Not that I'm aware of. Robert ford gordon? No.

That's really, that's going to go up.

Mayor Leffingwell: I figure if we do it right, you we can spend a whole lot of time on this one. Kathie?

I, too, think there's a possibility within the valet to offset some of the costs take we might incur by delaying a bit. I do think there's good reason to invite some of those other voices to the table and see if the transportation department can continue its good work in helping the stakeholders find solutions to these issues. I have a slew of questions that I will refrain from asking. But I do want to point out some of the costs that were included in this memo that we received yesterday i think are investments we would have made, you know, whether it starts in september or in january, things like signs, I assume those are the way finding signs that we want to do anyway to encourage people into garages, additional paper rolls I assume can be used regardless of how we structure the times of charging. But I did have -- other things, uniforms, all of those are useful even if we made no changes to the project because I assume they would be one way or the other. But I did wonder why new employee wages are estimated at $41,000. What time frame does that cover? That $41,000? Have those new hires and i guess why would the new hires have been made at this point if the program doesn't --

rob, do you want to come up?

Take effect for at least until september.

I know it was supposed to START AUGUST 1st.

Robert spiller, director of transportation, we hired with the employees with about a six month lead to get them trained, these are enforcement officers. So the salaries are annually fully loaded salaries with benefits per the standard employment policies of the city. So we needed to train those officers so that they could be ready to go. The program -- when the program began operations, otherwise it would have been a six-month delay. So --

Mayor Leffingwell: Go ahead.

Tovo: Is there a cost associated with the smart phone application?

I'm going to ask my staff to back me up on this. What we have done is already aggregated the locations of those lots and so I think that process is already in process so staff time to -- to put the -- the program out there.

And am I right in my assumption that some of these costs are for products that will be used regardless of --

well, the signs actually are not way finding signs, those are regulatory signs, again the reason that we've already ordered those because it takes a delivery time and a manufacturing time. So obviously if -- if the policy and times changes, then those signs have to be remade. We were smart enough to anticipate has there might be some changes coming, so we bill those signs so that they can be modified but there's still a cost to the sign and the modifications that would have to be made.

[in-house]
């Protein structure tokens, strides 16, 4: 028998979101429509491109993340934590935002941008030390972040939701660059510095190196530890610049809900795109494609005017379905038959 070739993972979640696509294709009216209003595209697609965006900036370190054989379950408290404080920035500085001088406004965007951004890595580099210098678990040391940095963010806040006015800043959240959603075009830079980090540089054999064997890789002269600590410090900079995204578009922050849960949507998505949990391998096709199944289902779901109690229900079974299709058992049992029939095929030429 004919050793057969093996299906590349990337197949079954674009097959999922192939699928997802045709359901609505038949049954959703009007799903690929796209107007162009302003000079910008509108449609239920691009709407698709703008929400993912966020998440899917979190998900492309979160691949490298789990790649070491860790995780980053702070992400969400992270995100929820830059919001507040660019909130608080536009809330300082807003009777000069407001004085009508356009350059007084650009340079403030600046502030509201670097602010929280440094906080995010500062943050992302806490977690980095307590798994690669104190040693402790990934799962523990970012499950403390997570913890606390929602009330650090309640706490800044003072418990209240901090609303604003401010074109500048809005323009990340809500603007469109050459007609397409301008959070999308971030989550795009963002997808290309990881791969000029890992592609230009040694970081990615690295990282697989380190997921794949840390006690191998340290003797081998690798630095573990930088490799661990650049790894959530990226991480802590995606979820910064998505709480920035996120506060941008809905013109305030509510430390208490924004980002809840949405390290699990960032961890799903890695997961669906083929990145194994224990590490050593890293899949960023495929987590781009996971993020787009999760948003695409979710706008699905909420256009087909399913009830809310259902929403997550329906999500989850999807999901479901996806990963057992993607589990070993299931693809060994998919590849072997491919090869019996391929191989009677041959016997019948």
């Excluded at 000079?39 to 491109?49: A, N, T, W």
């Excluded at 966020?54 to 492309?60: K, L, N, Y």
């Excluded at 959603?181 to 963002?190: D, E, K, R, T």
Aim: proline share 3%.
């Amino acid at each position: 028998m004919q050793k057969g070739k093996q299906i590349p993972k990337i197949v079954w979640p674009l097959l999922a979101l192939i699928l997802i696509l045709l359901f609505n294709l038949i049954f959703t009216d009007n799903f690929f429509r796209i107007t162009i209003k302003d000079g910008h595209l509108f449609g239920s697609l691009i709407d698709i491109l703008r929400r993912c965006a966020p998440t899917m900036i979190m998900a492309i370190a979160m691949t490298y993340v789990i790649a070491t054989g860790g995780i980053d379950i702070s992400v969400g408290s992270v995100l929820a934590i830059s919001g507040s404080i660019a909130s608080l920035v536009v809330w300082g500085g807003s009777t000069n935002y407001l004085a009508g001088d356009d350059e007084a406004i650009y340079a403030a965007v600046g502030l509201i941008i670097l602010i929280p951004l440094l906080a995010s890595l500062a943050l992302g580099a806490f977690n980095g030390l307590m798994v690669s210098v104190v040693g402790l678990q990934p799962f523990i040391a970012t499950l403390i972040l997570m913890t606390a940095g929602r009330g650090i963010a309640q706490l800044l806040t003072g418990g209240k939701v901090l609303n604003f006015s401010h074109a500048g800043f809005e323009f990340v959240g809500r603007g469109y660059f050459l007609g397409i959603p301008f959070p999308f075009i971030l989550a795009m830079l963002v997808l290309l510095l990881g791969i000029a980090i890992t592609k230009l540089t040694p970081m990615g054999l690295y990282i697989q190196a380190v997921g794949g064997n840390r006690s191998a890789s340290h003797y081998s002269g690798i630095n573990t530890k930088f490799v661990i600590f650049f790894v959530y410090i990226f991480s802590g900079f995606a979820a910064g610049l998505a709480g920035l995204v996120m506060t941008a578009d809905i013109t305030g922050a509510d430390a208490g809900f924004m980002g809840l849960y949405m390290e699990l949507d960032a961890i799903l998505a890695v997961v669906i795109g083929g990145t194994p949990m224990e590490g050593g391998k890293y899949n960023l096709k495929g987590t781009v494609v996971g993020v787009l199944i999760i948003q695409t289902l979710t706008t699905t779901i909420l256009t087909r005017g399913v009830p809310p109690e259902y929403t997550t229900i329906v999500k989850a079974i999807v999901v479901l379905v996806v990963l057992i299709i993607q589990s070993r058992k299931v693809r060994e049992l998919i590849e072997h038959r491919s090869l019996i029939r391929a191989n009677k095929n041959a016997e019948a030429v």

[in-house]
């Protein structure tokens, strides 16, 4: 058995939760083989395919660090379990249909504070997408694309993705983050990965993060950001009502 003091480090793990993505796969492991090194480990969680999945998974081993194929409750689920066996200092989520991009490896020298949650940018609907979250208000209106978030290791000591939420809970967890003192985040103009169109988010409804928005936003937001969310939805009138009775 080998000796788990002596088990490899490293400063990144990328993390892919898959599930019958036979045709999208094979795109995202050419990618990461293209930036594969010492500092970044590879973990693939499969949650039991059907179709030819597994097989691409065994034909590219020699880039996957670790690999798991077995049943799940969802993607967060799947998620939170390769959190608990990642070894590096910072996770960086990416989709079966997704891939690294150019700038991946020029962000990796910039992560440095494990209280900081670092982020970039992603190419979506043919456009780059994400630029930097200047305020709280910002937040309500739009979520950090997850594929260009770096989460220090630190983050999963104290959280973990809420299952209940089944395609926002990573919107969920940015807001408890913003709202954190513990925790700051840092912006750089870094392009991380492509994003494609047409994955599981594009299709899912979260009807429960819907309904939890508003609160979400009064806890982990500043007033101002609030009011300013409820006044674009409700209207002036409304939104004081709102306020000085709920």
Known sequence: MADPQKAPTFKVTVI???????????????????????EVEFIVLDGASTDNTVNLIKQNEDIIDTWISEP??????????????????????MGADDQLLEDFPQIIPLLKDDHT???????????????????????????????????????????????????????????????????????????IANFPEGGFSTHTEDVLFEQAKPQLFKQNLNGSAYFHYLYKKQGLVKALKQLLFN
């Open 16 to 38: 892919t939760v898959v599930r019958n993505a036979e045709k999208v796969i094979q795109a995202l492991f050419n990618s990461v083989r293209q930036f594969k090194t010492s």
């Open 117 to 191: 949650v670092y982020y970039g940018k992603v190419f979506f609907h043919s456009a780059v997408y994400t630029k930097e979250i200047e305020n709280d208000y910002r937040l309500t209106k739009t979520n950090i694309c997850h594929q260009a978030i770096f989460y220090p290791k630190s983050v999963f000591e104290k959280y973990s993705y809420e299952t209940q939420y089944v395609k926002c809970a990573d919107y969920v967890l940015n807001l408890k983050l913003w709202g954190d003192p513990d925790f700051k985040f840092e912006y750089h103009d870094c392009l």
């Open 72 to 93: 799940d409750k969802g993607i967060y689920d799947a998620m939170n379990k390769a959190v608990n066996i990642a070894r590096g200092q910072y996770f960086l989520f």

Mayor Leffingwell: While you're here, rob, so if you get the smart phone app to find a parking place, is that a violation of city ordinance if you are driving down the street using your app to find a parking place? Are we encouraging people to do that?

As long as you don't text, as I understand --

Mayor Leffingwell: I think even reading --

hopefully your passenger will help pilot you in.

Mayor Leffingwell: The idea would be that you would have the smart phone to your passenger and have him look while you drive.

I will tell you that the early smart phone applications will be pretty rudimentary. One of the items that we hope is that with the upgrade of the the parking management system, working with the private garages that will soon within the coming years be able to aggregate data from both private and public spaces as to where spaces would be made available, we would hope that the private enterprises would pick up that data and create a much more sophisticated smart phone application to actually predict the availability of spaces.

Mayor Leffingwell: Chris?

Mayor, I would just note that we are not -- we don't have to invent the wheel here. There are already apps out there in use in another city, one I already installed on my phone called parker that will identify your location --

from a guy that doesn't have a car? [Laughter]

Riley: I have some friends who have cars.

He's the passenger.

Mayor Leffingwell: I don't think it's against any city ordinance to look at your smart phone while you are riding. [Laughter]


you know the passenger in a car is a good position to navigating and these apps are ideally suited for that. Typically what cities will do is make a data stream available and leave it to the private sector to come up with the user interface, the app has brings it to the user. That should be fairly easy and very low cost and quick. And all in just a matter of making data available.

Yes, it's the issue of data. So we're starting this process to start working with garages as well as on street space to aggregate that data that's of value in the private entrepreneurs pick that up. The early smart phone applications are simply showing where the garage is and so forth are, that will be the first phase. The first phase aggregating the data, so a private entrepreneur can pick it up. So we will be in the job of pulling the data together and putting it out on the market for whoever to pick it up.

Riley: Ideally, someone using an app like has would be able to tell not only how many spaces are available at any given location, but the hours of operation for that --

I would assume, yes.

Riley: -- And even how much they would expect to pay at that facility.

Yes, again, here in the city remember that we're dealing primarily with private lots. If that's data that those lots are willing to share as part of a virtual parking system, then the city can aggregate that, that's the value that we can add to the process is aggregate that data to a single data set and put that out for other services to pick up.